Triumph and Ticker Tape: New York feted Owens with a Broadway parade after the 1936 Olympics. (Photo by Austrian Archives/Imagno/Getty Images)

The film equivocates on filmmaker Leni Riefenstahl, played by Carice van Houten (Melisandre in Game of Thrones). Riefenstahl’s 1935 documentary, Triumph of the Will, was the epitome of Nazi propaganda. In 1936, she was commissioned to film the Olympics as a tribute to Hitler’s Third Reich.

We do know that she did not film the long jump event that Owens won, but it’s not clear whether she demurred on orders from Minister of Propaganda Joseph Goebbels. Whatever the reason, she restaged the event, allowing Owens to recreate his triumph.

Was Hitler, as the movie suggests, incensed by this black American athlete’s showing? Race has Owens being escorted to Hitler’s box to find that the dictator, furious at seeing German runners lose to a black man, has stomped off. Certainly Hitler staged the Olympics to hype his master race, but there’s no evidence that he boycotted Owens. Witnesses said Hitler, seeing storm clouds, left the stadium well before Owens’s events, assuming weather would delay them. Owens flatly said, “Hitler didn’t snub me”—though later that year at a Republican Party rally in Kansas City, he told reporters, “It was our president who snubbed me. The president didn’t even send me a telegram.” No one knows why President Franklin Roosevelt failed to acknowledge Owens’s achievement.

Life after the Olympics often disappointed Owens. To earn a living, he resorted to making guest appearances at baseball doubleheaders and competing with horses. “People say that it was degrading for an Olympic champion to run against a horse, but what was I supposed to do?” he wrote in his 1972 memoir, I Have Changed. “I had four gold medals, but you can’t eat four gold medals.”

Owens did make investments, but by the 1960s he was working at a gas station. He filed for bankruptcy; the federal government prosecuted him for tax evasion.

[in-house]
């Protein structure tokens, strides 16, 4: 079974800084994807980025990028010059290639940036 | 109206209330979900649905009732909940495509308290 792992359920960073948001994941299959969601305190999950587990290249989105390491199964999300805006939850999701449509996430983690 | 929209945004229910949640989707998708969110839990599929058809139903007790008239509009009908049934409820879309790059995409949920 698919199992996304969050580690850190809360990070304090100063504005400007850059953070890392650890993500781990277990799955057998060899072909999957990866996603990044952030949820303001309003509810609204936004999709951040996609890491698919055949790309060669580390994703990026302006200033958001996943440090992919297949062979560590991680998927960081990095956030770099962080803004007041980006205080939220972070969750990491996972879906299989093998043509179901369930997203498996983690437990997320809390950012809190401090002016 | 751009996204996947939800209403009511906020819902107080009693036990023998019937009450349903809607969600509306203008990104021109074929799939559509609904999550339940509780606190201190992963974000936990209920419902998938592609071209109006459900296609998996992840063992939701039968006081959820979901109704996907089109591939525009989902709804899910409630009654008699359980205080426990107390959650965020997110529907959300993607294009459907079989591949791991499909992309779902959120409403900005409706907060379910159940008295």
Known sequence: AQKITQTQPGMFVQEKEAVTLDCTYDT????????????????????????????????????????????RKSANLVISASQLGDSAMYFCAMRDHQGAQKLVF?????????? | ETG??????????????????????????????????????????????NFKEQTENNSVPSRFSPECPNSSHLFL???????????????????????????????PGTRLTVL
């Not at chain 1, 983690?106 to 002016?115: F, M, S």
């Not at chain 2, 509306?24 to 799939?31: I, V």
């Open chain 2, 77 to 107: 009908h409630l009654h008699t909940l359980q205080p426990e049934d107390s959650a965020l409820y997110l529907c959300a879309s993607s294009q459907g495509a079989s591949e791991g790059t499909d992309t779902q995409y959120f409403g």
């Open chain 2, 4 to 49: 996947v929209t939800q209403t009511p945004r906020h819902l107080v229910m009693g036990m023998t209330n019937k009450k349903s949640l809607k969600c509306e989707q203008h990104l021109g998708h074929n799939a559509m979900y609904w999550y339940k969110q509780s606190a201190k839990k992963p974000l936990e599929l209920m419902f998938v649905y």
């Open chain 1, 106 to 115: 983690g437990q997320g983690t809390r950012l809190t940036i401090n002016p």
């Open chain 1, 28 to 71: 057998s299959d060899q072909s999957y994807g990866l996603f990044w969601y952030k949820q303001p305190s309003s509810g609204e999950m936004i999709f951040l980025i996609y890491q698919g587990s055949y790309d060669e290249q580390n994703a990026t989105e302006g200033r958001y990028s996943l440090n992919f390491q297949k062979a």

But there was also good news.

Perhaps as reparation for the tax prosecution, the administration of President Lyndon Johnson named the athlete a goodwill ambassador, and Owens toured the world speaking in countries that better remembered his Olympic triumphs than many Americans did. In retirement, Owens took pride in noting that he was well off enough to own racehorses like those he once had competed against.

Honors at Last: Owens receives the Medal of Freedom from President Gerald Ford. (AP Photo)

Official appreciation for the track and field immortal came late. In 1976 President Gerald Ford awarded Owens the Medal of Freedom. A heavy smoker, Owens died of cancer in 1980. In 1990, President George H.W. Bush awarded him a posthumous Congressional Gold Medal.

On June 29, 1996, the Jesse Owens Memorial Park and Museum in Oakville, Alabama, Owens’s birthplace, was dedicated as runners carried the Olympic torch through the grounds en route to that summer’s games in Atlanta.

A bronze, torch-themed plaque at the park carries an inscription composed by Alabama poet Charles Ghigna: May this light shine forever as a symbol to all who run for the freedom of sport, for the spirit of humanity, for the memory of Jesse Owens. ✯

This story was originally published in the July/August 2016 issue of American History magazine. Subscribe here.